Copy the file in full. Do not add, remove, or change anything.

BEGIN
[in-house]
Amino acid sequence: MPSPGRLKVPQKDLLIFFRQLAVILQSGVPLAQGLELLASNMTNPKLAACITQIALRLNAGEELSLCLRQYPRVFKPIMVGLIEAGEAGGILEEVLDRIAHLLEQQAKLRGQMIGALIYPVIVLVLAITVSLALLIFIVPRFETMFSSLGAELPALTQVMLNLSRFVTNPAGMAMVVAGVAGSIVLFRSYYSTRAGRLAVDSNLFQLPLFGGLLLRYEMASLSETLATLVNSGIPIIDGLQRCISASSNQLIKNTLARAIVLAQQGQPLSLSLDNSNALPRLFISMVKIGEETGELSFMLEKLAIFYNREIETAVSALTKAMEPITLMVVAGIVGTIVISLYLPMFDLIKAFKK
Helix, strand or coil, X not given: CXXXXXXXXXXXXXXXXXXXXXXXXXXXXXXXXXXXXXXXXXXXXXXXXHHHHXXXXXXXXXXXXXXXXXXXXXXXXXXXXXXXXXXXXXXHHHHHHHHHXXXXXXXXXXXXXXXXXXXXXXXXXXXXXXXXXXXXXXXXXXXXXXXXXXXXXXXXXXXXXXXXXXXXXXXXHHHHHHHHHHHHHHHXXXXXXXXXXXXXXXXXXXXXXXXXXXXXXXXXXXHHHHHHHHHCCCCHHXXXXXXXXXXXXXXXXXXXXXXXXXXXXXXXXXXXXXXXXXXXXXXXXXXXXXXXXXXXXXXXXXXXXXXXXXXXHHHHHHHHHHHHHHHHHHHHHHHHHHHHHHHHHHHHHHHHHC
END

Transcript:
[in-house]
Amino acid sequence: MPSPGRLKVPQKDLLIFFRQLAVILQSGVPLAQGLELLASNMTNPKLAACITQIALRLNAGEELSLCLRQYPRVFKPIMVGLIEAGEAGGILEEVLDRIAHLLEQQAKLRGQMIGALIYPVIVLVLAITVSLALLIFIVPRFETMFSSLGAELPALTQVMLNLSRFVTNPAGMAMVVAGVAGSIVLFRSYYSTRAGRLAVDSNLFQLPLFGGLLLRYEMASLSETLATLVNSGIPIIDGLQRCISASSNQLIKNTLARAIVLAQQGQPLSLSLDNSNALPRLFISMVKIGEETGELSFMLEKLAIFYNREIETAVSALTKAMEPITLMVVAGIVGTIVISLYLPMFDLIKAFKK
Helix, strand or coil, X not given: CXXXXXXXXXXXXXXXXXXXXXXXXXXXXXXXXXXXXXXXXXXXXXXXXHHHHXXXXXXXXXXXXXXXXXXXXXXXXXXXXXXXXXXXXXXHHHHHHHHHXXXXXXXXXXXXXXXXXXXXXXXXXXXXXXXXXXXXXXXXXXXXXXXXXXXXXXXXXXXXXXXXXXXXXXXXHHHHHHHHHHHHHHHXXXXXXXXXXXXXXXXXXXXXXXXXXXXXXXXXXXHHHHHHHHHCCCCHHXXXXXXXXXXXXXXXXXXXXXXXXXXXXXXXXXXXXXXXXXXXXXXXXXXXXXXXXXXXXXXXXXXXXXXXXXXXHHHHHHHHHHHHHHHHHHHHHHHHHHHHHHHHHHHHHHHHHC